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Academic Reading Passage 27

The Truth About ART


Modern art has had something of a bad press recently - or, to be more precise, it has always had a
bad press in certain newspapers and amongst certain sectors of the public. In the public mind, it
seems, art (that is, graphic art - pictures - and spatial art - sculpture) is divided into two broad
categories. The first is 'classic' art, by which is meant representational painting, drawing and
sculpture; the second is 'modern' art, also known as abstract or non-representational. British
popular taste runs decidedly in favour of the former, if one believes a recent survey conducted by
Charlie Moore, owner of the Loft Gallery and Workshops in Kent, and one of Britain's most
influential artistic commentators. He found that the man (or woman) in the street has a distrust of
cubism, abstracts, sculptures made of bricks and all types of so-called 'found' art, He likes Turner
and Constable, the great representatives of British watercolour and oil painting respectively, or
the French Impressionists, and his taste for statues is limited to the realistic figures of the great
and good that litter the British landscape - Robin Hood in Nottingham and Oliver Cromwell
outside the Houses of Parliament. This everyman does not believe in primary colours, abstraction
and geometry in nature - the most common comment is that such-and-such a painting is
"something a child could have done".
Lewis Williams, director of the Beaconsfield Galleries in Hampshire, which specialises in
modern painting, agrees. "Look around you at what art is available every day," he says. "Our
great museums and galleries specialise in work which is designed to appeal to the lowest
common denominator. It may be representational, it may be 'realistic' in one sense, but a lot of it
wouldn't make it into the great European galleries. Britain has had maybe two or three major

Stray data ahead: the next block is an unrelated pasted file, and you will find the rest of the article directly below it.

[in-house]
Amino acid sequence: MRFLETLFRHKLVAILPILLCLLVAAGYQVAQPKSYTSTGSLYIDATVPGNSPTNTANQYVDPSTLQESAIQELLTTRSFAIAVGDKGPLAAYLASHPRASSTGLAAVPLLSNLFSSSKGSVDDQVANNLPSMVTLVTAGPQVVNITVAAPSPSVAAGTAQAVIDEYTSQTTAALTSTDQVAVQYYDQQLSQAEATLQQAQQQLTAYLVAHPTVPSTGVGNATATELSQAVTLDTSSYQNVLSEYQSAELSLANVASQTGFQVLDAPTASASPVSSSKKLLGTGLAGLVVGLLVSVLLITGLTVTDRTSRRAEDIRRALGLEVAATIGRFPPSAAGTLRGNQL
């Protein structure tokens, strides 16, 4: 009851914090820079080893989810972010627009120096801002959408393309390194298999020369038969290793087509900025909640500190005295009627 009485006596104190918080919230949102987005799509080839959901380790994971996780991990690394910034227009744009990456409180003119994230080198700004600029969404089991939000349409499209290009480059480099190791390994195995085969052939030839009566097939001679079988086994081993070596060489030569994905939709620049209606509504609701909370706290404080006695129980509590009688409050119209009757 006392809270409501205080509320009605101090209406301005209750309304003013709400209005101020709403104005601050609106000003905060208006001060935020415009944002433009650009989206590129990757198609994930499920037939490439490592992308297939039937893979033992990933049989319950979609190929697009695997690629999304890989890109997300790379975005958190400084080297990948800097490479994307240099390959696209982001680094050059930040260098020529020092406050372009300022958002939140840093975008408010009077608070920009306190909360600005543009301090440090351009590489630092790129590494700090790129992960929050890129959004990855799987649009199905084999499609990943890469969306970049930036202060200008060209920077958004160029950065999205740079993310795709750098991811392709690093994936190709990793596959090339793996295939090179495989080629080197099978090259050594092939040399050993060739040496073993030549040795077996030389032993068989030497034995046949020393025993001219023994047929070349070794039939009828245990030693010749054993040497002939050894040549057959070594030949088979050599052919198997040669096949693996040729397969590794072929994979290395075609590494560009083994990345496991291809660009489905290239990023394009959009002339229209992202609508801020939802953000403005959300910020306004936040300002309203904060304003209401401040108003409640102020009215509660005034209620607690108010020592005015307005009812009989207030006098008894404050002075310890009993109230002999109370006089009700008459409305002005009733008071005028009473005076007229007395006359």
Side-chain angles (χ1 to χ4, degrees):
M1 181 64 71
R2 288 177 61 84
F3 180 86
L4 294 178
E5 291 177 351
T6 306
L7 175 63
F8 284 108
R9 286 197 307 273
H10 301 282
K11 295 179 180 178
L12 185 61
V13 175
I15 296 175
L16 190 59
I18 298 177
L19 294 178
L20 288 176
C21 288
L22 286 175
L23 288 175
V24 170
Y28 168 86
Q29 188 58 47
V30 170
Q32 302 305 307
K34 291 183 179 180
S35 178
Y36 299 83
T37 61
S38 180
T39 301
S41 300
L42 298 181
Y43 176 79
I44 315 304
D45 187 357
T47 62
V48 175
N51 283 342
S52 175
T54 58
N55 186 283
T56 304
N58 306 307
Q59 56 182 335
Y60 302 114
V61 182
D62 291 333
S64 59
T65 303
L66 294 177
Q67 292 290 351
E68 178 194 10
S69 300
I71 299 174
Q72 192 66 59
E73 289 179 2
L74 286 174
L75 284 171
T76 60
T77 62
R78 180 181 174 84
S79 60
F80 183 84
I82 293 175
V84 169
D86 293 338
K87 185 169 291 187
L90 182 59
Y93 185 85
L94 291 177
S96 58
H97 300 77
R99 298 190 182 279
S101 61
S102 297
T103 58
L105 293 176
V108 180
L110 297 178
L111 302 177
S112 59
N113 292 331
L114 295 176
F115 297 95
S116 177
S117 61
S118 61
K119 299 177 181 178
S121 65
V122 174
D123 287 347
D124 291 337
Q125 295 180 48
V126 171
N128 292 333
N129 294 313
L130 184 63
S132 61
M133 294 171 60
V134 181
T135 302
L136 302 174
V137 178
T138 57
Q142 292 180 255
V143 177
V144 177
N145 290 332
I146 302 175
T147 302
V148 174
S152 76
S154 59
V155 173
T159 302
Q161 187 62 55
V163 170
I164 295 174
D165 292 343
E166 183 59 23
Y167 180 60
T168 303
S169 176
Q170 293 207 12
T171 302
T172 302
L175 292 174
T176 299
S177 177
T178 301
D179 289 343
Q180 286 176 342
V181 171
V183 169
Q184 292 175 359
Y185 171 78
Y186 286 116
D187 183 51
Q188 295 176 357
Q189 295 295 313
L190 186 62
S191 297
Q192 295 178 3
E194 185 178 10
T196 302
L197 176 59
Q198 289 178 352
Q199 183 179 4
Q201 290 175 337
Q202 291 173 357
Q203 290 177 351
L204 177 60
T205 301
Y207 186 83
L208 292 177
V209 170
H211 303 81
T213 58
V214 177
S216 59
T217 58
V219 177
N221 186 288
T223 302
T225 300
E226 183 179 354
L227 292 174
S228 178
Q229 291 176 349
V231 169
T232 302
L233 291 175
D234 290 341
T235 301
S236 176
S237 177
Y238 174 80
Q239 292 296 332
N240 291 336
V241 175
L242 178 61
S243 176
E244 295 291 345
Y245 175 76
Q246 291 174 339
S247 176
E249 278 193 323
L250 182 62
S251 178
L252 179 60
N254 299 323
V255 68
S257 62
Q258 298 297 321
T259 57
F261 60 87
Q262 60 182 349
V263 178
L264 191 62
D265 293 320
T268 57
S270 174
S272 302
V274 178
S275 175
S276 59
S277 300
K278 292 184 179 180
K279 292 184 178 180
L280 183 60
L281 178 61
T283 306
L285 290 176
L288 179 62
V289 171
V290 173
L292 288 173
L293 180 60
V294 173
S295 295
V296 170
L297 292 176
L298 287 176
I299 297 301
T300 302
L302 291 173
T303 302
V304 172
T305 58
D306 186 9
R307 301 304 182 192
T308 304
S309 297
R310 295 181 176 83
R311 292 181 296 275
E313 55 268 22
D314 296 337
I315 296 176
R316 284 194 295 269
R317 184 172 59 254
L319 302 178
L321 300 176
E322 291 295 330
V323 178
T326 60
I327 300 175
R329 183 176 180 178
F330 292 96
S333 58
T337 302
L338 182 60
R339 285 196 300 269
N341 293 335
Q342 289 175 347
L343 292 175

world painters in the last 1000 years, so we make up the space with a lot of second-rate
material."
Williams believes that our ignorance of what modern art is has been caused by this lack of
exposure to truly great art. He compares the experience of the average British city-dweller with
that of a citizen of Italy, France or Spain.
"Of course, we don't appreciate any kind of art in the same way because of the paucity of good
art in Britain. We don't have galleries of the quality of those in Madrid, Paris, Versailles,
Florence, New York or even some places in Russia. We distrust good art - by which I mean both
modern and traditional artistic forms - because we don't have enough of it to learn about it. In
other countries, people are surrounded by it from birth. Indeed they take it as a birthright, and are
proud of it. The British tend to be suspicious of it. It's not valued here."

Not everyone agrees. Emily Cope, who runs the Osborne Art House, believes that while the
British do not have the same history of artistic experience as many European countries, their
senses are as finely attuned to art as anyone else's.
"Look at what sells - in the great art auction houses, in greetings cards, in posters. Look at what's
going on in local amateur art classes up and down the country. Of course, the British are not the
same as other countries, but that's true of all nationalities. The French artistic experience and
outlook is not the same as the Italian. In Britain, we have artistic influences from all over the
world. There's the Irish, Welsh, and Scottish influences, as well as Caribbean, African and
European. We also have strong links with the Far East, in particular the Indian subcontinent. All
these influences come to bear in creating a British artistic outlook. There's this tendency to say
that British people only want garish pictures of clowns crying or ships sailing into battle, and that
anything new or different is misunderstood. That's not my experience at all. The British public is